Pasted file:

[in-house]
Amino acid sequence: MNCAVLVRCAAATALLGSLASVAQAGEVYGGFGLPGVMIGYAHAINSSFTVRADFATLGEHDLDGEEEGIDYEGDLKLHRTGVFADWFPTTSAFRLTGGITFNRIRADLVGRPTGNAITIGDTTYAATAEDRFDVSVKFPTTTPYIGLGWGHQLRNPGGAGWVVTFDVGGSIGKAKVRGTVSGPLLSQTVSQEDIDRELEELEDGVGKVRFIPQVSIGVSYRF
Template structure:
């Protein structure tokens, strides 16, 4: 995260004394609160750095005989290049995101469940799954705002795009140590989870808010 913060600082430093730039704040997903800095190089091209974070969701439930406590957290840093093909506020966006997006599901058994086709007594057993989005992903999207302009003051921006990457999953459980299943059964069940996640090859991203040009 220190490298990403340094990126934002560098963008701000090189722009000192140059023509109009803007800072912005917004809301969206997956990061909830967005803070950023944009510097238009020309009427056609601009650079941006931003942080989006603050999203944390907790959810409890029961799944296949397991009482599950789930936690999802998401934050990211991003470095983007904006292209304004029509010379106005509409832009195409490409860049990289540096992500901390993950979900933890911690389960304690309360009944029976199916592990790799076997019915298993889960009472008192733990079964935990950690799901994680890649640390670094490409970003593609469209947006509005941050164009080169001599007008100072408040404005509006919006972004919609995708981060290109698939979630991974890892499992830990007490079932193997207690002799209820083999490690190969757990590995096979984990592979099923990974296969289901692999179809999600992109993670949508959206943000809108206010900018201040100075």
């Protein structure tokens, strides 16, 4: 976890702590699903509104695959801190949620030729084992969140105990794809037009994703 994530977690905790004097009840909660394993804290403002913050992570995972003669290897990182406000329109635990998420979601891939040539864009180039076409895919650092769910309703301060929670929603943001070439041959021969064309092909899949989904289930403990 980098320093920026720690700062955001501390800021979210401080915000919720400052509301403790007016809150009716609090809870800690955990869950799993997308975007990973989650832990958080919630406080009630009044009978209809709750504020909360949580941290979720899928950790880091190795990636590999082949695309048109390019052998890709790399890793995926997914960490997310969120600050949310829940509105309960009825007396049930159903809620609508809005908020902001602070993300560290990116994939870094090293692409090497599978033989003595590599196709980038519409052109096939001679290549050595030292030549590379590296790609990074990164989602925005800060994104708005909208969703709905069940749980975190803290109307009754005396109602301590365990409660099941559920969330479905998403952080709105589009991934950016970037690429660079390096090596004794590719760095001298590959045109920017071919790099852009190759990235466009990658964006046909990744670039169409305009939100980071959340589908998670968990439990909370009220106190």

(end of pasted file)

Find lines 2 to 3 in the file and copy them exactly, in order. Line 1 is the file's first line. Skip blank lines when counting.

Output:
Amino acid sequence: MNCAVLVRCAAATALLGSLASVAQAGEVYGGFGLPGVMIGYAHAINSSFTVRADFATLGEHDLDGEEEGIDYEGDLKLHRTGVFADWFPTTSAFRLTGGITFNRIRADLVGRPTGNAITIGDTTYAATAEDRFDVSVKFPTTTPYIGLGWGHQLRNPGGAGWVVTFDVGGSIGKAKVRGTVSGPLLSQTVSQEDIDRELEELEDGVGKVRFIPQVSIGVSYRF
Template structure: